Great Britain space agency calls for an increased space effort


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The competition heats up: The United Kingdom’s space agency has issued its proposed future strategy, focusing on a renewed involvement with ISS and the European Space Agency.

Following a public consultation and lengthy discussions across government, the new strategy, published today, concludes that continued involvement in the ISS and other programs via ESA membership is the best way to involve U.K. scientists and industry in human spaceflight. The document says the government will consider bilateral projects with other space agencies but fears always being the junior partner since the United Kingdom has no launchers or space stations. It does not think that the commercial launch industry is sufficiently mature for the United Kingdom to buy services commercially. The report also states: “The Agency will also consider its role in human exploration missions beyond Earth orbit, especially where this complements science and technology goals for robotic exploration.”

I wonder if the newly elected conservative British government agrees with this strategy. It appears to me that it was researched and written prior to the election.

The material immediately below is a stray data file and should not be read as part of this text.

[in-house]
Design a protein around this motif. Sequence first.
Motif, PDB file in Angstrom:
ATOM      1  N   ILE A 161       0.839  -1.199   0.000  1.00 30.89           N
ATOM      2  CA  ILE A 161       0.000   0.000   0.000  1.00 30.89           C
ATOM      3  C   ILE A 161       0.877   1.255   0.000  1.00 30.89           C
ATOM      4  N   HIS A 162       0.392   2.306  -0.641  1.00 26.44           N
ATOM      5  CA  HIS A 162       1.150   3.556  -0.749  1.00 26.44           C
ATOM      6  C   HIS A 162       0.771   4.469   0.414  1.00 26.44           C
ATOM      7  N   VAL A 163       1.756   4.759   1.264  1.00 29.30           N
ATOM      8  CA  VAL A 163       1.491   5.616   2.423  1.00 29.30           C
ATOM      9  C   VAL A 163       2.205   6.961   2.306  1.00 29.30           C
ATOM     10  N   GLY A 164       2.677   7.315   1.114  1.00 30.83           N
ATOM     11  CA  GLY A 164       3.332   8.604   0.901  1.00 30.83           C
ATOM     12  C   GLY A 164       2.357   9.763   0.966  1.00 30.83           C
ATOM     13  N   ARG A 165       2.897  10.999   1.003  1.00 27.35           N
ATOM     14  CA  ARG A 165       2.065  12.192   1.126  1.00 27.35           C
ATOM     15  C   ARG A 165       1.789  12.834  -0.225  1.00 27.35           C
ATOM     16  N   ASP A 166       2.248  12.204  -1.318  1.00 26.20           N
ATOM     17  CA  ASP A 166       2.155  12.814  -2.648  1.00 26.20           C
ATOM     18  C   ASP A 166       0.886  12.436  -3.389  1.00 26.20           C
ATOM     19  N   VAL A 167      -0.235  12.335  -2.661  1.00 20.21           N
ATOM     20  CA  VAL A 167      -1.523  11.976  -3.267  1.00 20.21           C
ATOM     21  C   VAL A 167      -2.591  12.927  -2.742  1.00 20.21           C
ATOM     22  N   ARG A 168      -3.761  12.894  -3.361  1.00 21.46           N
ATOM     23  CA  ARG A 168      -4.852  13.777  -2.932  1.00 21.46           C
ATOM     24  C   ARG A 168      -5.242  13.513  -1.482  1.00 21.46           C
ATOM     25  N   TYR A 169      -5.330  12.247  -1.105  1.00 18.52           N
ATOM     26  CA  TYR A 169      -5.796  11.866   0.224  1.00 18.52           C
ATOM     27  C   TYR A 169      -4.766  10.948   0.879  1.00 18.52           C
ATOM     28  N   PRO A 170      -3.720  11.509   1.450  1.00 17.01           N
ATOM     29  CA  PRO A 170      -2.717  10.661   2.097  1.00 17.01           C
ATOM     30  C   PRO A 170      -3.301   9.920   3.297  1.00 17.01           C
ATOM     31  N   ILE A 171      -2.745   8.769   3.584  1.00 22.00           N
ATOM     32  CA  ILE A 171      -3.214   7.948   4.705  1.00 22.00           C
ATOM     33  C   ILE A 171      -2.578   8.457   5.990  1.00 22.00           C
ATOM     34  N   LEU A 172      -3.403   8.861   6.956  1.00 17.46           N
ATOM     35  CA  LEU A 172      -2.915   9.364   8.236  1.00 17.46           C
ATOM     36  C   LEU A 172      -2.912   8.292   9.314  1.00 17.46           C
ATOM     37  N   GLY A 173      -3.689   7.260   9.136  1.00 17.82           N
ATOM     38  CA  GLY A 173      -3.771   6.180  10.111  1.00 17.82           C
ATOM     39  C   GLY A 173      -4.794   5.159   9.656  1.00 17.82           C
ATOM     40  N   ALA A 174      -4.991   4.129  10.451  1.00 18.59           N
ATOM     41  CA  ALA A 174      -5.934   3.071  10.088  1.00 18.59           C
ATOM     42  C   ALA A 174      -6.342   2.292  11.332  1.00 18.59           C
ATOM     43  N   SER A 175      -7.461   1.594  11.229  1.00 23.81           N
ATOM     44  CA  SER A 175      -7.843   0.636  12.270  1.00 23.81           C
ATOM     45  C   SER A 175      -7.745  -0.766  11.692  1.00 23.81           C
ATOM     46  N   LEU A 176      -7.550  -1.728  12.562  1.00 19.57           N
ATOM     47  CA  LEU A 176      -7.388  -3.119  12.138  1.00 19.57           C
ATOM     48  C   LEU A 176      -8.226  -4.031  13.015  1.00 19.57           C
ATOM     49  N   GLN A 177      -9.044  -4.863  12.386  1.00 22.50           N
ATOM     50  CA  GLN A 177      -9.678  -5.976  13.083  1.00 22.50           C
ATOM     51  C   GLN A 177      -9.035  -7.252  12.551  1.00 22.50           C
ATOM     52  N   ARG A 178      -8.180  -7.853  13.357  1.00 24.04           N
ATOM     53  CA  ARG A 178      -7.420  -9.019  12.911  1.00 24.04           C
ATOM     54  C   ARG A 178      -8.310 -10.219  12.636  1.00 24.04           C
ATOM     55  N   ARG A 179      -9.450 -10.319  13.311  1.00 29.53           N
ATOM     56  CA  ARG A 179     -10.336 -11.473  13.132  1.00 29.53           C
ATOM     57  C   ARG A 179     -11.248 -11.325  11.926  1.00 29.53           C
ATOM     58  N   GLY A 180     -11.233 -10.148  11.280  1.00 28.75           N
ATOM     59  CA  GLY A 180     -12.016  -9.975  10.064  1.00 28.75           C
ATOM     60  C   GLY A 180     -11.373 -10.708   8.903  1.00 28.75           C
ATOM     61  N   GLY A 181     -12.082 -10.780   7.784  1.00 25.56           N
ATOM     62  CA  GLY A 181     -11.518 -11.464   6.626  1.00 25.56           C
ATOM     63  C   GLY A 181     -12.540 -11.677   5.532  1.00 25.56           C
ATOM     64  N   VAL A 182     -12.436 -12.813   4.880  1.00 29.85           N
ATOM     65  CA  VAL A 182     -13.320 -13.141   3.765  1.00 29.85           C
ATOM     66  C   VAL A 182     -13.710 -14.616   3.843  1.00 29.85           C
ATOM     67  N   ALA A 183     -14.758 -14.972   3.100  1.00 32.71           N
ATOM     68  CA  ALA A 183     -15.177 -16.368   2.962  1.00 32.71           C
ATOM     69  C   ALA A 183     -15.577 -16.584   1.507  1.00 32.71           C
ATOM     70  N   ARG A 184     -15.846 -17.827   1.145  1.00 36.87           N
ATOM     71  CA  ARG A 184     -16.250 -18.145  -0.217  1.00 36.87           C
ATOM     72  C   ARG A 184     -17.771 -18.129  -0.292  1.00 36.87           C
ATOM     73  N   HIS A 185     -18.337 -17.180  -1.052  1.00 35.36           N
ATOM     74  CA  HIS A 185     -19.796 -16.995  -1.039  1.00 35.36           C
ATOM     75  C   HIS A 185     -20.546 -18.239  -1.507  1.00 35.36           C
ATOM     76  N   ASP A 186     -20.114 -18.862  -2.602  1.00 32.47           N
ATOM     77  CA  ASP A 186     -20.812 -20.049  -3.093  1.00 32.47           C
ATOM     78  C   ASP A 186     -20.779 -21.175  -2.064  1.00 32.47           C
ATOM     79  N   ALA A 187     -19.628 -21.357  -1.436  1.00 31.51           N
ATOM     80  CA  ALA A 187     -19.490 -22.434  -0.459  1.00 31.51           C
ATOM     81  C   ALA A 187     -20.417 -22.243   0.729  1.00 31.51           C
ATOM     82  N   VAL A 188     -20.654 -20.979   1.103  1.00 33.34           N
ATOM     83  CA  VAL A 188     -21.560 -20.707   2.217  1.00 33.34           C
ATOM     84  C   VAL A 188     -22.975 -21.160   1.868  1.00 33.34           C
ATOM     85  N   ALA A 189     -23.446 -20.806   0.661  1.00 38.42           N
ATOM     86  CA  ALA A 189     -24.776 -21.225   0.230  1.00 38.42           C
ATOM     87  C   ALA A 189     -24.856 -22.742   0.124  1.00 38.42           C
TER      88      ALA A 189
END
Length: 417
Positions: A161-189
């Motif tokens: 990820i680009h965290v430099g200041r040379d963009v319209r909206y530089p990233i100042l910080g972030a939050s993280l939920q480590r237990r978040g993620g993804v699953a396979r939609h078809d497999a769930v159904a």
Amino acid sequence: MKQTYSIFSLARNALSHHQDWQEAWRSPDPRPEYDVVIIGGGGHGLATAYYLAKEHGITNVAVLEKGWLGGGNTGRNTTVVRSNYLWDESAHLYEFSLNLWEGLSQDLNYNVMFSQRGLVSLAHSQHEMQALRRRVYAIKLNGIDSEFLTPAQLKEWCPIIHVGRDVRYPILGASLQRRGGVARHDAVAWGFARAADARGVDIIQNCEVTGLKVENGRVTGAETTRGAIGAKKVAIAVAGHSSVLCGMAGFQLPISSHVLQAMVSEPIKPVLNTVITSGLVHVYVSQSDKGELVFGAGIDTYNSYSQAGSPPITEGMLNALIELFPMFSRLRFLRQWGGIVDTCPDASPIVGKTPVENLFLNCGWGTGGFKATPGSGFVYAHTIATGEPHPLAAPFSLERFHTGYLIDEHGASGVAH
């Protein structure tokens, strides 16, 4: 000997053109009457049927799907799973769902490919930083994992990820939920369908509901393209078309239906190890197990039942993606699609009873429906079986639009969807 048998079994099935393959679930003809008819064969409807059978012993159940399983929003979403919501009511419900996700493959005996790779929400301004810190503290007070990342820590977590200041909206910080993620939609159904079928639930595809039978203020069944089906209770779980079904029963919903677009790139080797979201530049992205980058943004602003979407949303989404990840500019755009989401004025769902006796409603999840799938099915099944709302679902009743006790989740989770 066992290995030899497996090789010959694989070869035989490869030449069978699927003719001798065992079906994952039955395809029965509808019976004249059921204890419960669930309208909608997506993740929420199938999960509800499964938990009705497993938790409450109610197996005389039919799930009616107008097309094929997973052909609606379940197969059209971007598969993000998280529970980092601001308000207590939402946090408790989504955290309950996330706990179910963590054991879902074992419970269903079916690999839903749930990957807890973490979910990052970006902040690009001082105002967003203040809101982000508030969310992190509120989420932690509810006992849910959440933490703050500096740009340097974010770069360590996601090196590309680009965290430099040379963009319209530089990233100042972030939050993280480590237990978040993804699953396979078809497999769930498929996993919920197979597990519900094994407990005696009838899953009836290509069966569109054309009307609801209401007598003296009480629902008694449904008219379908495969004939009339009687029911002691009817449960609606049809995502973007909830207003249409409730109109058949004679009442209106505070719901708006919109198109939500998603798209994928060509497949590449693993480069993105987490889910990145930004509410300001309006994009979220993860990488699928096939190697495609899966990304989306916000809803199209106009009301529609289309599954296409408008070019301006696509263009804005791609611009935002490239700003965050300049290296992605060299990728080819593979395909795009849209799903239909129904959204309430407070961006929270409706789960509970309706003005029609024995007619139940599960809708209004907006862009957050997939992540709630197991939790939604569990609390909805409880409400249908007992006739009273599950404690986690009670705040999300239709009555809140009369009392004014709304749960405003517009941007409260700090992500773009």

One comment

  • Edward

    From the article: “The document says the government will consider bilateral projects with other space agencies but fears always being the junior partner since the United Kingdom has no launchers or space stations.”

    This is why I am so excited about commercial man-rated launch vehicles and their manned spacecraft as well as Bigelow’s space habitats. Countries such as Britain will not have to spend their scarce space research euros on launchers and space stations, they will be able to dive straight into performing science on board the space habitats. They should be able to afford to do their own missions without partnering with other space agencies or the fear of being a junior partner.

    More science faster and from a wider variety of countries, companies, and universities. I expect the pace of manned space exploration to really pick up in the next decade, even before the expensive SLS can start its mission (whatever that may turn out to be).

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